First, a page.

The IC should include Countries that represent all geographical regions of the world. It should be encouraged that all IC members actively participate in the IC and that there are no vacant positions in the IC.


**The Chair of the IC is a continuing position which is taken up by a member of the Host Team of IOI'n after the Closing Ceremony of IOI'n. The Chair of the IC holds this position in the full period up to the Closing Ceremony of IOI'n+1.


The level of support that the IC and the GA can give to the International Secretariat of the IOI is not yet arranged. After the needed support has been specified, and the IC and GA have taken their decisions, the 'provisional' character of the IS might change to 'permanent'.

In the process of organizing IOIs since 1989 all kind of materials about past IOIs are collected. This material forms the basis of the IS.


As an organization the IOI lacks sustained influence from universities, research, commerce and industry. A permanent Board of Patrons, consisting of a group of well-known, respected, male and female members of information technology and business from different regions of the world, can have the necessary profile and influence.

The BP can promote the IOI, can provide advice to the IOI, and can act as intermediaries between the IOI and others who can support the development of the IOI (e.g. with extending the scope of the IOI, with organizing the IOI in specific countries, with providing some financial support).


In the year preceding IOI'n the Host Team of IOI'n functions under the supervision of the IC, whose composition is established during IOI'n-1.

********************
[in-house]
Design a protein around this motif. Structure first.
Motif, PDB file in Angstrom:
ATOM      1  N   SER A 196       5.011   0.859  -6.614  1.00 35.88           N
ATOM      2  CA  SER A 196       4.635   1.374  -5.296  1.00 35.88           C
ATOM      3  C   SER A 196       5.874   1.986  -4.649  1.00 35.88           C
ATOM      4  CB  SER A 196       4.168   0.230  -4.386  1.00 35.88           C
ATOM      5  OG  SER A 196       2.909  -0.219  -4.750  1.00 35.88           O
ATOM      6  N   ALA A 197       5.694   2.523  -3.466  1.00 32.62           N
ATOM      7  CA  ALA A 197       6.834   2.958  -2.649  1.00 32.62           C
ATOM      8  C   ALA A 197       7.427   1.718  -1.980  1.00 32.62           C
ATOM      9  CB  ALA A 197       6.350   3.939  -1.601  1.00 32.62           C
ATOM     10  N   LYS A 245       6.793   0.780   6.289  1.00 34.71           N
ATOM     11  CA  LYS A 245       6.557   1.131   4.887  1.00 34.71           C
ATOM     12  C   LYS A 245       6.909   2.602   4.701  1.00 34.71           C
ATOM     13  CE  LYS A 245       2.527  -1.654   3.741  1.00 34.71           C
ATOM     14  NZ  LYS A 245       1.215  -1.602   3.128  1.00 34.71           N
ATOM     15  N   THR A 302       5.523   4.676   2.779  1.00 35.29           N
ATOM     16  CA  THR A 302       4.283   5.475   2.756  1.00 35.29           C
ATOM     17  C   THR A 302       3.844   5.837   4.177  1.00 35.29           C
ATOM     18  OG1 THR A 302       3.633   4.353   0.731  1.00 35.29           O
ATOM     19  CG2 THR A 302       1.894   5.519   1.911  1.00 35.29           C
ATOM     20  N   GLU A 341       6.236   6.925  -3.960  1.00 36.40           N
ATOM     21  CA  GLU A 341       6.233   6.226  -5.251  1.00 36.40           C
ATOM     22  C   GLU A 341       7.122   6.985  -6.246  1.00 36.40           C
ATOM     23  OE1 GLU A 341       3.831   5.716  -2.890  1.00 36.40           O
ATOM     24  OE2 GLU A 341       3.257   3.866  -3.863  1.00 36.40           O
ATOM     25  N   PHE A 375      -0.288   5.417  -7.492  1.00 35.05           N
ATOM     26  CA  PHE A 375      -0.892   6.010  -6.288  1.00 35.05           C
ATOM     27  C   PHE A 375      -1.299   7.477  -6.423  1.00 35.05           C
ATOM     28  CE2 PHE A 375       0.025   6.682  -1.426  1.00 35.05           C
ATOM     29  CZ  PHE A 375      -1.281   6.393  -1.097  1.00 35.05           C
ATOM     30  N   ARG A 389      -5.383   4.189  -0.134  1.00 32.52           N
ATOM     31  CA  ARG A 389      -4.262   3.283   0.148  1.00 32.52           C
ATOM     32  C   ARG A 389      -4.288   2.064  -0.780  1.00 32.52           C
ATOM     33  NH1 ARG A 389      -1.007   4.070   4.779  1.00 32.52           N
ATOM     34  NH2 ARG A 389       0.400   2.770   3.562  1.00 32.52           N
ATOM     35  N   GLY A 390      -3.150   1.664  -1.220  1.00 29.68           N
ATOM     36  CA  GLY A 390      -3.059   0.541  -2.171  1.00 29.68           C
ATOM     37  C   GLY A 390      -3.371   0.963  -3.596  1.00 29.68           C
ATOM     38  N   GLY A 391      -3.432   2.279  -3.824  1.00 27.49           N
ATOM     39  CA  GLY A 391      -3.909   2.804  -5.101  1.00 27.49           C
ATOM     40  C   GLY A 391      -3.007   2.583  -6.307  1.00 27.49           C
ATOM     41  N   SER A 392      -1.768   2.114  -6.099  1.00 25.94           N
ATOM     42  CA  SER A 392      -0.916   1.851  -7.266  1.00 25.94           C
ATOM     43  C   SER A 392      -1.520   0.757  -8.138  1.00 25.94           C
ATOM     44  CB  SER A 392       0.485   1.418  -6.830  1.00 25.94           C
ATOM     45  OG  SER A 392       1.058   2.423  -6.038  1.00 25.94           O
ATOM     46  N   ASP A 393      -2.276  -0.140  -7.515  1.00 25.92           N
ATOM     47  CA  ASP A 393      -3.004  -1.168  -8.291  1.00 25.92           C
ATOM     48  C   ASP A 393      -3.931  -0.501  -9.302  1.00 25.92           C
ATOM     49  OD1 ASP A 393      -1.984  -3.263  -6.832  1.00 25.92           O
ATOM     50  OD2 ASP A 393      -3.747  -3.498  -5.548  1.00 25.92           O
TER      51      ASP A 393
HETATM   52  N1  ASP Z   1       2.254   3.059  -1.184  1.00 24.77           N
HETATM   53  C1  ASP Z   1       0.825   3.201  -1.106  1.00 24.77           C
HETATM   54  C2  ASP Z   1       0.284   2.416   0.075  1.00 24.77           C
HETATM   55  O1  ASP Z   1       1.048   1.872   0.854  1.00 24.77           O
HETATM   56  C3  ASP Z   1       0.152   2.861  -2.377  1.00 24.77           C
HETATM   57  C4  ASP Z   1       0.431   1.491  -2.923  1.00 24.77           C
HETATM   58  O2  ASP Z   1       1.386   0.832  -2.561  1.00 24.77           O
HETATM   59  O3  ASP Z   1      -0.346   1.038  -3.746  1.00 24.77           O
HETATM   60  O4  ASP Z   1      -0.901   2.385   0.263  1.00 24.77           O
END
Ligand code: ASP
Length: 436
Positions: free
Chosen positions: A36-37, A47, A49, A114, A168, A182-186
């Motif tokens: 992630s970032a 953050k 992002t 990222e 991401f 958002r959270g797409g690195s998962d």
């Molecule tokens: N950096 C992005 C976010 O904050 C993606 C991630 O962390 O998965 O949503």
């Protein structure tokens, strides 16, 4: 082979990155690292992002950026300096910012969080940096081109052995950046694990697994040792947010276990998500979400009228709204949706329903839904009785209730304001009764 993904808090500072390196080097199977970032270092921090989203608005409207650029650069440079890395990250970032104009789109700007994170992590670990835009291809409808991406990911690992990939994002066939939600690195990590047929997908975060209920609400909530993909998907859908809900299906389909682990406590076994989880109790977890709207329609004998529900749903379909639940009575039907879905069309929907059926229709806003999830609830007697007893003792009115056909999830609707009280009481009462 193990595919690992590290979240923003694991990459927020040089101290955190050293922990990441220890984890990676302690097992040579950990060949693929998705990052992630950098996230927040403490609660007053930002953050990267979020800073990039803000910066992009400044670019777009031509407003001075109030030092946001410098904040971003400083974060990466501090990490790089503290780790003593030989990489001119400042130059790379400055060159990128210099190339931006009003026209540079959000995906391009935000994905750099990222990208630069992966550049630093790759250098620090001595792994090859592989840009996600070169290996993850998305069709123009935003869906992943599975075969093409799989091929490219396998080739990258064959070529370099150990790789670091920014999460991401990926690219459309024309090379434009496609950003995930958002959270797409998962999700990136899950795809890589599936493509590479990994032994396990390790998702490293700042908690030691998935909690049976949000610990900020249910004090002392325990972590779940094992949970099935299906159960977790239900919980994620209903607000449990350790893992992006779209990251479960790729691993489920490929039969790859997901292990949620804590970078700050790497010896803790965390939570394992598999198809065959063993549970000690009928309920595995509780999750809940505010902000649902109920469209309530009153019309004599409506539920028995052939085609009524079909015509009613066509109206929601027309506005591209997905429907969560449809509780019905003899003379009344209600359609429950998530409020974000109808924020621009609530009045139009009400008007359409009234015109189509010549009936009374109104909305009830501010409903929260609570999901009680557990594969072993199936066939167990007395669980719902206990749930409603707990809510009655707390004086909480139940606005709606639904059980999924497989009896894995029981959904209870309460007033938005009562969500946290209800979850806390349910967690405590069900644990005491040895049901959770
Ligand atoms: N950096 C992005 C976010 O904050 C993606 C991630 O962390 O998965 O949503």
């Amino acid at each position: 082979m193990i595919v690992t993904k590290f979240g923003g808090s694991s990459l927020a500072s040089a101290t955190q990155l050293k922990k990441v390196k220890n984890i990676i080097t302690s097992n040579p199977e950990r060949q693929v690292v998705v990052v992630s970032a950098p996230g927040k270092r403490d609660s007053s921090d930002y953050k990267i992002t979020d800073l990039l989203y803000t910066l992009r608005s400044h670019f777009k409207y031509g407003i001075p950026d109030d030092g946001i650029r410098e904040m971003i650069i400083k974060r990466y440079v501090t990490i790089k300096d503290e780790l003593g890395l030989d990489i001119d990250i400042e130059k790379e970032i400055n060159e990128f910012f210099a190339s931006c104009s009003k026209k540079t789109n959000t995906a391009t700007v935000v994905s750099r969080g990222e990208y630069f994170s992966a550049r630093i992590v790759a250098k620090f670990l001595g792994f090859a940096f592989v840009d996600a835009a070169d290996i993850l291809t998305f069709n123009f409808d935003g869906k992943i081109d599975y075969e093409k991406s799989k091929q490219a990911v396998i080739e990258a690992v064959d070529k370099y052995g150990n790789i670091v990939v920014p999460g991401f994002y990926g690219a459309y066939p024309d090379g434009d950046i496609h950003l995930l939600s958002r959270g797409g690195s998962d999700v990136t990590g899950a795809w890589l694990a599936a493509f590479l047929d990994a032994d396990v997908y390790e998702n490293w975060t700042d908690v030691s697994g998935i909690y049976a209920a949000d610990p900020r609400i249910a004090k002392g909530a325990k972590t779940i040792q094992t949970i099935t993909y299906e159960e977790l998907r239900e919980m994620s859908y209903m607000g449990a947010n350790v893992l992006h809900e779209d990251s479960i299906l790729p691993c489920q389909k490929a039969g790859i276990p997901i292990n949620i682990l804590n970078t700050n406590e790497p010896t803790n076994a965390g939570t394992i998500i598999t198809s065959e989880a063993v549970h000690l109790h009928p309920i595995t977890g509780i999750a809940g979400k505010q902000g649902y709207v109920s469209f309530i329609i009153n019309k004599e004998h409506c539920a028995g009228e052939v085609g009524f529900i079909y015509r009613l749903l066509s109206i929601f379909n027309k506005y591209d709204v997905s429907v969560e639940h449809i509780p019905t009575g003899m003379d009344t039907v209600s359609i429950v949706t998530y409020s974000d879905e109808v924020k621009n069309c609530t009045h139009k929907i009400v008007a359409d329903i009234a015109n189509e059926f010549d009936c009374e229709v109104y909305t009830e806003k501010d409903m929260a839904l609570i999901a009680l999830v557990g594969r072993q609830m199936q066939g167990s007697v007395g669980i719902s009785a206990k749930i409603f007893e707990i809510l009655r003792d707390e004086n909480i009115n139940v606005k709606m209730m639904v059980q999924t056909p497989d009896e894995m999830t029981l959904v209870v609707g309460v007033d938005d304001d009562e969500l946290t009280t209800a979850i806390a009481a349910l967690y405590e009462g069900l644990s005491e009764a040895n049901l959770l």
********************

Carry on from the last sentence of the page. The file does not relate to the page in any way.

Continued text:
The IOI Regulations can not and will not prescribe in which way the Host Team of IOI'n is composed and how its tasks are to be performed by the members.

But in order to prepare IOI'n statements S4.6 and S4.7 require that the Host Team includes as a member:

The main reasons for the distinction between the four main positions are:

**There is no preference whether the organizing Host of IOI'n combines any of the positions of the Chair of the IC, the Manager of IOI'n, the President of the GA of IOI'n, and the Chair of the SC of IOI'n in one person, or not.

If several positions are combined in one person, by default of that person, each position is taken up as indicated for that position in the Statutes.

It is not recommended that the organizing Host reduces the Host Team to one person.


Up till now the details of the Judging Procedures are 'provisional'. There are not enough specifications which the SC can use to propose a distribution of medals among the Contestants. Although the GA is the body which awards the Contestants, it is strongly recommended that the procedures to determine this distribution should be better specified and the SC can be given more authority to present a complete awarding proposal to the GA.

Problems which need to be specified in a more 'permanent' Judging Procedure are such as (for example):


Functions of the Executive Director

Section 5: Host Nomination and Selection


It should always be known which Host Countries will offer the future issues of the IOI in the coming three years (IOI'n+1, IOI'n+2, and IOI'n+3) and have the status of Future Host.

Section 6: Responsibilities and Organizing Rules of Present Host


The Guidelines for the organization of IOI'n is a plan which is necessary for the preparation, production, organization, timescales, and distribution of information of IOI'n. The plan should be suited for the local situation in the Country offering IOI'n.

It is not necessary to make an English version of the Guidelines, although parts, such as Competition Procedures and Judging Procedures, should be in English.


A discussion of the presentation of the Guidelines does mean that there is an agreement between the IC and the Host Team about the contents of the Guidelines and the way the Host Team prepares IOI'n.

Created by Tom Verhoeff on JUN-01-95
Updated on JUN-02-95 by from CIL
Updated on JUN-22-95 by Richard Verhoeven
Updated on FEB-04-96 by Péter Hanák
Updated as at 17-AUG-98 by Per Stilborg
Drafted as at 1-SEP-2000 by Per Stilborg/Lionel Hartmann